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Energy Commissioners Take Part in Energy, Climate Change Symposium



Several California Energy Commissioners participated in “Pathway to 2050,” a symposium on California energy and climate change policy focused on efforts to reach the state’s ambitious, long-term goal of reducing greenhouse gas (GHG) emissions to 80 percent below 1990 levels by 2050.

The Energy Commission, which supports these efforts through a variety of programs, had much to contribute to the day-long June 21 event at the Sacramento Convention Center.

The series of panels featured discussions between leaders in industry and state government, including state legislators. The event was organized by Advanced Energy Economy, an association of business leaders in renewable energy.

California Energy Commissioner Janea A. Scott participated in a panel examining challenges to the adoption of electric vehicles. She discussed the Energy Commission’s key role in meeting California’s ambitious goals for GHG emissions reduction, noting “the magnitude of the change we’re trying to make on the timeline we’re trying to make it.”

“2050 seems really far away. But it’s really not,” she said.

The Energy Commission supports the adoption of plug-in and fuel cell electric vehicles with investments by its Alternative and Renewable Fuel and Vehicle Technology Program, which supports advancements in alternative, renewable fuels and the vehicles powered by them.

Cumulatively, the program has invested more than $102 million in a network of conveniently-located electric vehicle charging infrastructure, which is essential to expanding statewide adoption of these vehicles. The program has also made significant investments in fueling infrastructure for fuel cell electric vehicles.

Scott said reaching the state’s climate change goals - as well as federal clean air standards - will require support for zero emission vehicle adoption in low-income, disadvantaged communities and by residents of multifamily dwellings. It will also require medium- and heavy-duty vehicles, such as fleet and public transit vehicles, to switch to zero-emissions technology.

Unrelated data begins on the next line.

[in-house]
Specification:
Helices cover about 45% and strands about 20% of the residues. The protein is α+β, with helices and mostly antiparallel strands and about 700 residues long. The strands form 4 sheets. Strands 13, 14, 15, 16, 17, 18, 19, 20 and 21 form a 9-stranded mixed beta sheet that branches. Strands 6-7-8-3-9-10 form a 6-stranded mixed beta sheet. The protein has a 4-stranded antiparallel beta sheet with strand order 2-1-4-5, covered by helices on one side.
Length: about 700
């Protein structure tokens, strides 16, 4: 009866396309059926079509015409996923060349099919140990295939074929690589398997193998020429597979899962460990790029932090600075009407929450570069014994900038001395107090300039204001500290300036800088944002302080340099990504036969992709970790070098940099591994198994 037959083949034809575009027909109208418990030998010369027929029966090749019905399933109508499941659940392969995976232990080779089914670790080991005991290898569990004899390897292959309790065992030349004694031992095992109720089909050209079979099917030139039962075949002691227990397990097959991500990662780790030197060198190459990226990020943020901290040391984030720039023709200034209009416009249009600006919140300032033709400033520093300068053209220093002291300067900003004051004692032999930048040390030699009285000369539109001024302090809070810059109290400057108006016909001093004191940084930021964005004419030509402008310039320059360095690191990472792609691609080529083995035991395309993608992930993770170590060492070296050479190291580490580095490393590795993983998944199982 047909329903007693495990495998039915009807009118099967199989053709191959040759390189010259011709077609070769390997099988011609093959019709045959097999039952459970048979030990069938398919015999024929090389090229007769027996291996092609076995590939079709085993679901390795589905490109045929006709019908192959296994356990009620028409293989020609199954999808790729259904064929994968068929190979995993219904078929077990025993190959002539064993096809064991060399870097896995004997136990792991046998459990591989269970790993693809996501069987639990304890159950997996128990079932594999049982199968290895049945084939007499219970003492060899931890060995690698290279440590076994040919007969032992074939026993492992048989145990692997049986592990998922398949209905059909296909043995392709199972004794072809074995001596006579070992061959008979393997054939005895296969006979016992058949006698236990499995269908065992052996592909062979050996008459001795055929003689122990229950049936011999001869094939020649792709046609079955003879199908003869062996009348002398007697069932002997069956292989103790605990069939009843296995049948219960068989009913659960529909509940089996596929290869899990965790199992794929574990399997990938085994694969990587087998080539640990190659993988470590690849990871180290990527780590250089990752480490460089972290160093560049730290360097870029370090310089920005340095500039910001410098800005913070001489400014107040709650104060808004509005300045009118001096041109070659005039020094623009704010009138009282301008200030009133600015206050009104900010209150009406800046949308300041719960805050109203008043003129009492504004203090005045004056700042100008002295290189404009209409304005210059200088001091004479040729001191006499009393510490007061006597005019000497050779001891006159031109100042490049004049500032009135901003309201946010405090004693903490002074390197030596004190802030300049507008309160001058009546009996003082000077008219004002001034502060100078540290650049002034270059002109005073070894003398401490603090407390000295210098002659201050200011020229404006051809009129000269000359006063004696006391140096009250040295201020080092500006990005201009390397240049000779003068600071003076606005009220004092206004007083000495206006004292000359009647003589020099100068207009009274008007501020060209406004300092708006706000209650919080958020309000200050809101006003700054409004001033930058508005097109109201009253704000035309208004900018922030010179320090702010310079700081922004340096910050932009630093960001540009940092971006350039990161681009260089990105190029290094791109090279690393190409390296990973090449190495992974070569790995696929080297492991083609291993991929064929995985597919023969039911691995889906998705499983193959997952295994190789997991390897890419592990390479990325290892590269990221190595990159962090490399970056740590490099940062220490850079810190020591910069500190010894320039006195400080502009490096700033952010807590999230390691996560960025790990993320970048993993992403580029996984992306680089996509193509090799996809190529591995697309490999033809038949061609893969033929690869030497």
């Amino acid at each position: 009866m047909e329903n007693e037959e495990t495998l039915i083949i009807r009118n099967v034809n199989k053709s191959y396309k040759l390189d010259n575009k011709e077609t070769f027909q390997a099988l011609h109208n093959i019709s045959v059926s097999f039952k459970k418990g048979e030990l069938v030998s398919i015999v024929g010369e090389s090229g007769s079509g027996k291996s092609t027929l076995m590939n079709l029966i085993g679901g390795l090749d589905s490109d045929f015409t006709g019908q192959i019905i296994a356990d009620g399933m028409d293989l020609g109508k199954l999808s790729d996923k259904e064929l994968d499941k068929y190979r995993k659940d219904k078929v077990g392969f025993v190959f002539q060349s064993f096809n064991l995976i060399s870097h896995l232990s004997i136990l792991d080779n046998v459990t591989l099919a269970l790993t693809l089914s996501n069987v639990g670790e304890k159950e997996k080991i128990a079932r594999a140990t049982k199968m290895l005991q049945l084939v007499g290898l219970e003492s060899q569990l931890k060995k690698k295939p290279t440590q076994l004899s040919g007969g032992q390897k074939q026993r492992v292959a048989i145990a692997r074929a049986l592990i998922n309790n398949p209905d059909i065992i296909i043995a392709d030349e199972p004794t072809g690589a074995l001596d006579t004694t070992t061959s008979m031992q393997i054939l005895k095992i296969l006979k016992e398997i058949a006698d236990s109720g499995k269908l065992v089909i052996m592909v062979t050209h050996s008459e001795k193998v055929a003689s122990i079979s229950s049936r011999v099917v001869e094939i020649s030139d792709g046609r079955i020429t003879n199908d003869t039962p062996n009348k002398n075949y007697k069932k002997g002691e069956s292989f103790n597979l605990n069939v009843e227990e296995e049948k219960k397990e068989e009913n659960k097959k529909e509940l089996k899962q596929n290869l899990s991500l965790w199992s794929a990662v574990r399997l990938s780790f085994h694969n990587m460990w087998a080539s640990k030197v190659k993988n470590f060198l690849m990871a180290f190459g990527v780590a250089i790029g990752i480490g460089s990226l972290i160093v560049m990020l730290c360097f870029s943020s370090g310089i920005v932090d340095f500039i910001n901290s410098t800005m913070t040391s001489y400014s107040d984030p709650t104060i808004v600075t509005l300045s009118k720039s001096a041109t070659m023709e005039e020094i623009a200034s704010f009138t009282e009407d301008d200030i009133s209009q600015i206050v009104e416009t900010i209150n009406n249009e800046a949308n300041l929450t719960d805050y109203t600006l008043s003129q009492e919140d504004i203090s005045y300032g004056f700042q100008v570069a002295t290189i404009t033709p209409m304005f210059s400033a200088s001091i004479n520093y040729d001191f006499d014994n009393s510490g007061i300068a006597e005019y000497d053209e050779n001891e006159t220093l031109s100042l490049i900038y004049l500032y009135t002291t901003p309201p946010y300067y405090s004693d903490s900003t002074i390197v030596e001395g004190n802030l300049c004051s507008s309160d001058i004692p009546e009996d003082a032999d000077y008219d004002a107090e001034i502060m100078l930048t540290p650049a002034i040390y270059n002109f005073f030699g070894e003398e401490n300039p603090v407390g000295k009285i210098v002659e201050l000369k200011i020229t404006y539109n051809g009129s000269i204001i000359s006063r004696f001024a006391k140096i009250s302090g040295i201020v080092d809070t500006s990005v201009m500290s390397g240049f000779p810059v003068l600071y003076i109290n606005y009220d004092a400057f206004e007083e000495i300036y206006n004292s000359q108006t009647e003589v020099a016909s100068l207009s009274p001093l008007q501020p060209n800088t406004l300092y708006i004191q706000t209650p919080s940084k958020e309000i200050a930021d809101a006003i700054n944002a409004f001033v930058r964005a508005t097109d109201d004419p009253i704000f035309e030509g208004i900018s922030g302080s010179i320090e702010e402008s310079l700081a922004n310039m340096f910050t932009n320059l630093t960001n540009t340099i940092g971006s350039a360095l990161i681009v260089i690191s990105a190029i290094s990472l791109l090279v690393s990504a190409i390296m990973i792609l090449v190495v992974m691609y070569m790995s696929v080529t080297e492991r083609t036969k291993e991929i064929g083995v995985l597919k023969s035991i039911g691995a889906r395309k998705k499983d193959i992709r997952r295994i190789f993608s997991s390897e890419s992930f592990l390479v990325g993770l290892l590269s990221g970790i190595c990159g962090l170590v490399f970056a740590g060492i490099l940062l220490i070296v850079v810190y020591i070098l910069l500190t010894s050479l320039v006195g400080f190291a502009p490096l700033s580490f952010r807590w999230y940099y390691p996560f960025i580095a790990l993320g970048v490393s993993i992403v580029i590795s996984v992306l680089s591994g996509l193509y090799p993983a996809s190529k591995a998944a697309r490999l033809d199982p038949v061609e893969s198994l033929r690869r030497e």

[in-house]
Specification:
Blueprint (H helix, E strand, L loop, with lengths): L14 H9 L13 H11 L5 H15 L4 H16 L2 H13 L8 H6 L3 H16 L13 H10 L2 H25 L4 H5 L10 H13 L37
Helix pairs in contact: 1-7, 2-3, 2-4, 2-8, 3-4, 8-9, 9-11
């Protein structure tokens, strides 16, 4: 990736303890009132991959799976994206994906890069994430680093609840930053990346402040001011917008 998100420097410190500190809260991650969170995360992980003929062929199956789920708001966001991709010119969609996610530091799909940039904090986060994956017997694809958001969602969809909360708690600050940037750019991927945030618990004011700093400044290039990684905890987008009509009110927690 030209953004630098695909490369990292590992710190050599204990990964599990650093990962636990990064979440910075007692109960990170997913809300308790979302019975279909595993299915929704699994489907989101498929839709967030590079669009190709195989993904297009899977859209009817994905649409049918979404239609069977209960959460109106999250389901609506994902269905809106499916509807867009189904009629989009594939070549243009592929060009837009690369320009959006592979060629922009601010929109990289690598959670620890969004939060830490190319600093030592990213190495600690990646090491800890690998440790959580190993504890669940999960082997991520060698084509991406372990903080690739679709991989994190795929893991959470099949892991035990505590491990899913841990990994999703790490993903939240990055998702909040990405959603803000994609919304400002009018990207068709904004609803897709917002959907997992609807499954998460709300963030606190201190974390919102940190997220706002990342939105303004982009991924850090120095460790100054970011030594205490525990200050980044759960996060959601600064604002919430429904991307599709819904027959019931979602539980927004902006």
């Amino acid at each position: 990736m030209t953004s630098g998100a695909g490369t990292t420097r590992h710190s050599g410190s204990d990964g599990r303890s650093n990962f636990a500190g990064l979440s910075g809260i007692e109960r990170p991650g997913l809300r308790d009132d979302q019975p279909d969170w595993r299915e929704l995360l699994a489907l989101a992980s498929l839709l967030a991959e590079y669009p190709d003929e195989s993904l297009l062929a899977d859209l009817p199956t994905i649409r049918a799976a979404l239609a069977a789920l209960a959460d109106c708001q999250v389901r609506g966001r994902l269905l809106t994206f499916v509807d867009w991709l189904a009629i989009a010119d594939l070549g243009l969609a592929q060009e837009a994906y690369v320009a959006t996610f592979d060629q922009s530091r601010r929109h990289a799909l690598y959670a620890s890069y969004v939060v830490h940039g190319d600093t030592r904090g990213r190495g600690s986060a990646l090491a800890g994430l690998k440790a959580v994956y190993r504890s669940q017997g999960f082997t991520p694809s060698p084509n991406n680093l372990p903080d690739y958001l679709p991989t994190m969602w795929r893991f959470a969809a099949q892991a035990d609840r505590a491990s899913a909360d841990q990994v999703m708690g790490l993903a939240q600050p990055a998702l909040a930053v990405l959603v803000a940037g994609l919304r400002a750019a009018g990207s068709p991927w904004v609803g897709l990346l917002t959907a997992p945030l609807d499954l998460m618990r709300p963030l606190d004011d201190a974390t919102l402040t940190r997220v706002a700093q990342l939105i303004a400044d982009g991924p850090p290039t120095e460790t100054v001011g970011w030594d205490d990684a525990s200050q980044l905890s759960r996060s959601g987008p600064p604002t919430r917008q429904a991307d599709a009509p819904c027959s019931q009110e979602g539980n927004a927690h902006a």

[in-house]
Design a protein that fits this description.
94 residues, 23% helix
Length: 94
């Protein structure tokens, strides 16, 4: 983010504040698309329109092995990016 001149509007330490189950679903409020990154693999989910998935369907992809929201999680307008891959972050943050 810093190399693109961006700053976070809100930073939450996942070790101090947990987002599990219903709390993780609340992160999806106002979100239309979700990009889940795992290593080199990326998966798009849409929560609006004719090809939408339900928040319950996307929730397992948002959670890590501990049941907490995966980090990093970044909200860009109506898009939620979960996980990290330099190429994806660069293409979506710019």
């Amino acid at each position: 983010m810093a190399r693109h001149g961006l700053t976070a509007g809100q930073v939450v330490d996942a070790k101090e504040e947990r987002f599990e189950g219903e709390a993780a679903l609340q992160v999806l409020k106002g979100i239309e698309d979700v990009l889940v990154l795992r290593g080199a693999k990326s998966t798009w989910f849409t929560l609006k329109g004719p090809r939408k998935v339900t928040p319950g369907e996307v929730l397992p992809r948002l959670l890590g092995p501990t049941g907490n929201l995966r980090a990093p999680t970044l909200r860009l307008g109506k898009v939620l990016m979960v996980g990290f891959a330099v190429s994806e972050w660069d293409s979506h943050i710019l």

The Energy Commission is working to address both challenges – through grants that support conversion of medium- and heavy-duty vehicles, and efforts to site charging and fueling stations for ZEVs in locations that promote access for underserved communities.

Other panels during the symposium included the feasibility of an entirely clean energy grid, a discussion Energy Commissioner David Hochschild moderated.

The Energy Commission also participated in a panel on the workforce needs for an advanced energy economy. The discussion focused on training the next generation of workers and creating opportunities for those in the growing energy sector.

Martha Brook, advisor to Commissioner Andrew McAllister, discussed how data analytics factors into making informed energy efficiency decisions. Compiling and understanding this data will require experts to share findings with consumers who can adopt and encourage best practices for energy efficiencies. This will help California meet its energy goals and create a demand in the workforce.

Supporting workforce development and employment of individuals through certifications or apprenticeships is part of the Energy Commission’s Existing Buildings Energy Efficiency Action Plan, a roadmap to help improve energy efficiency in buildings.

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California Energy Commission

The California Energy Commission is the state's primary energy policy and planning agency created by the Legislature in 1974.
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